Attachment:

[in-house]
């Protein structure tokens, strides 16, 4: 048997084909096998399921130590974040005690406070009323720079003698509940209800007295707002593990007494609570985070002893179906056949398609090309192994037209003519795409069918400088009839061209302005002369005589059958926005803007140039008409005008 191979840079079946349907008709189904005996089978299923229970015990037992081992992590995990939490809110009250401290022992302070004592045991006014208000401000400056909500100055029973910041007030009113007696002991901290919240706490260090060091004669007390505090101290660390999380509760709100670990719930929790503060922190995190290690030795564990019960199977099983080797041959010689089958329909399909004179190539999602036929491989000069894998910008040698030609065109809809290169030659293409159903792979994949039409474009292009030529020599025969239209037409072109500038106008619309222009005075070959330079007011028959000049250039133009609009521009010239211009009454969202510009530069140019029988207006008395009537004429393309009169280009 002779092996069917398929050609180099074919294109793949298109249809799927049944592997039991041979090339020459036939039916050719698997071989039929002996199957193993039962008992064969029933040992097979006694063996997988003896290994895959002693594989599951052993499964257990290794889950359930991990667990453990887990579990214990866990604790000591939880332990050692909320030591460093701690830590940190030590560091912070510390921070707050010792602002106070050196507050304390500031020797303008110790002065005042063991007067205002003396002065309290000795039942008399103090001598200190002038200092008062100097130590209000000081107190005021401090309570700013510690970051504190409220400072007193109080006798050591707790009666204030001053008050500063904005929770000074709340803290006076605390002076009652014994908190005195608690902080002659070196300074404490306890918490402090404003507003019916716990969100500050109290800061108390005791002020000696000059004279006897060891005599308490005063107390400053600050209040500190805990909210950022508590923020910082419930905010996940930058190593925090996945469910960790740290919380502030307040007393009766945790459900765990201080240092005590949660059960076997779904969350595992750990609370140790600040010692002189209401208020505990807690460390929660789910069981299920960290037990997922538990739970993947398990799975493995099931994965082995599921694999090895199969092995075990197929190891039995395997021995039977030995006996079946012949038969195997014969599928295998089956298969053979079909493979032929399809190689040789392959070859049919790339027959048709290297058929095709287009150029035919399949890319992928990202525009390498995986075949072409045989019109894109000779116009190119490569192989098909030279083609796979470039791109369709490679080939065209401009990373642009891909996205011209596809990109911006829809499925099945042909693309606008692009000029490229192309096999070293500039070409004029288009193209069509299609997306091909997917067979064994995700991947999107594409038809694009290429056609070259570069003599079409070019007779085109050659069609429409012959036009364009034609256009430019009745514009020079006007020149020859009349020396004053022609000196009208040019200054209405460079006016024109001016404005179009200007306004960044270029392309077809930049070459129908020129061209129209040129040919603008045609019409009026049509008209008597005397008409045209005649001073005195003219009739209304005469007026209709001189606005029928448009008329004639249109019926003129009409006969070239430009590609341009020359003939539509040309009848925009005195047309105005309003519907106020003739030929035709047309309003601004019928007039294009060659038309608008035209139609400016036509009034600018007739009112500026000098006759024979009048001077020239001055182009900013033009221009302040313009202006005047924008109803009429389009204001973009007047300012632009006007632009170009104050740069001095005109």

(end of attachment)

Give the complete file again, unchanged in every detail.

[in-house]
């Protein structure tokens, strides 16, 4: 048997084909096998399921130590974040005690406070009323720079003698509940209800007295707002593990007494609570985070002893179906056949398609090309192994037209003519795409069918400088009839061209302005002369005589059958926005803007140039008409005008 191979840079079946349907008709189904005996089978299923229970015990037992081992992590995990939490809110009250401290022992302070004592045991006014208000401000400056909500100055029973910041007030009113007696002991901290919240706490260090060091004669007390505090101290660390999380509760709100670990719930929790503060922190995190290690030795564990019960199977099983080797041959010689089958329909399909004179190539999602036929491989000069894998910008040698030609065109809809290169030659293409159903792979994949039409474009292009030529020599025969239209037409072109500038106008619309222009005075070959330079007011028959000049250039133009609009521009010239211009009454969202510009530069140019029988207006008395009537004429393309009169280009 002779092996069917398929050609180099074919294109793949298109249809799927049944592997039991041979090339020459036939039916050719698997071989039929002996199957193993039962008992064969029933040992097979006694063996997988003896290994895959002693594989599951052993499964257990290794889950359930991990667990453990887990579990214990866990604790000591939880332990050692909320030591460093701690830590940190030590560091912070510390921070707050010792602002106070050196507050304390500031020797303008110790002065005042063991007067205002003396002065309290000795039942008399103090001598200190002038200092008062100097130590209000000081107190005021401090309570700013510690970051504190409220400072007193109080006798050591707790009666204030001053008050500063904005929770000074709340803290006076605390002076009652014994908190005195608690902080002659070196300074404490306890918490402090404003507003019916716990969100500050109290800061108390005791002020000696000059004279006897060891005599308490005063107390400053600050209040500190805990909210950022508590923020910082419930905010996940930058190593925090996945469910960790740290919380502030307040007393009766945790459900765990201080240092005590949660059960076997779904969350595992750990609370140790600040010692002189209401208020505990807690460390929660789910069981299920960290037990997922538990739970993947398990799975493995099931994965082995599921694999090895199969092995075990197929190891039995395997021995039977030995006996079946012949038969195997014969599928295998089956298969053979079909493979032929399809190689040789392959070859049919790339027959048709290297058929095709287009150029035919399949890319992928990202525009390498995986075949072409045989019109894109000779116009190119490569192989098909030279083609796979470039791109369709490679080939065209401009990373642009891909996205011209596809990109911006829809499925099945042909693309606008692009000029490229192309096999070293500039070409004029288009193209069509299609997306091909997917067979064994995700991947999107594409038809694009290429056609070259570069003599079409070019007779085109050659069609429409012959036009364009034609256009430019009745514009020079006007020149020859009349020396004053022609000196009208040019200054209405460079006016024109001016404005179009200007306004960044270029392309077809930049070459129908020129061209129209040129040919603008045609019409009026049509008209008597005397008409045209005649001073005195003219009739209304005469007026209709001189606005029928448009008329004639249109019926003129009409006969070239430009590609341009020359003939539509040309009848925009005195047309105005309003519907106020003739030929035709047309309003601004019928007039294009060659038309608008035209139609400016036509009034600018007739009112500026000098006759024979009048001077020239001055182009900013033009221009302040313009202006005047924008109803009429389009204001973009007047300012632009006007632009170009104050740069001095005109």